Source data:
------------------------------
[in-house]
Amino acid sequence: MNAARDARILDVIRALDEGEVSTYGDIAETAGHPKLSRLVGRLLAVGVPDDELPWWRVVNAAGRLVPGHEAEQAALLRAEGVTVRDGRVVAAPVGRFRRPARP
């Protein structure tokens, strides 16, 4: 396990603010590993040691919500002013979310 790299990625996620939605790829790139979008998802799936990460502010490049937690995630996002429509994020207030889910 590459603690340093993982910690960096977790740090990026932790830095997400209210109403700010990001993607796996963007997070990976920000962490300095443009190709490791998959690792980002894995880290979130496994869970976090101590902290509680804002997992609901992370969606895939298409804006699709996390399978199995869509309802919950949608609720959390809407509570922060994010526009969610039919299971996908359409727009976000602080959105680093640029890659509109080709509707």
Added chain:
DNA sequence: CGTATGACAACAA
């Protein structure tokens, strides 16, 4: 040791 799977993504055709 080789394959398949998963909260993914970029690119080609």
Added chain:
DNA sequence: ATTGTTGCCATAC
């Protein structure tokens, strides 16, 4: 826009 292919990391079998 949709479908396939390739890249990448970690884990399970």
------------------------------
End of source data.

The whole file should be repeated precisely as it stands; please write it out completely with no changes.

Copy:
[in-house]
Amino acid sequence: MNAARDARILDVIRALDEGEVSTYGDIAETAGHPKLSRLVGRLLAVGVPDDELPWWRVVNAAGRLVPGHEAEQAALLRAEGVTVRDGRVVAAPVGRFRRPARP
């Protein structure tokens, strides 16, 4: 396990603010590993040691919500002013979310 790299990625996620939605790829790139979008998802799936990460502010490049937690995630996002429509994020207030889910 590459603690340093993982910690960096977790740090990026932790830095997400209210109403700010990001993607796996963007997070990976920000962490300095443009190709490791998959690792980002894995880290979130496994869970976090101590902290509680804002997992609901992370969606895939298409804006699709996390399978199995869509309802919950949608609720959390809407509570922060994010526009969610039919299971996908359409727009976000602080959105680093640029890659509109080709509707």
Added chain:
DNA sequence: CGTATGACAACAA
């Protein structure tokens, strides 16, 4: 040791 799977993504055709 080789394959398949998963909260993914970029690119080609």
Added chain:
DNA sequence: ATTGTTGCCATAC
């Protein structure tokens, strides 16, 4: 826009 292919990391079998 949709479908396939390739890249990448970690884990399970």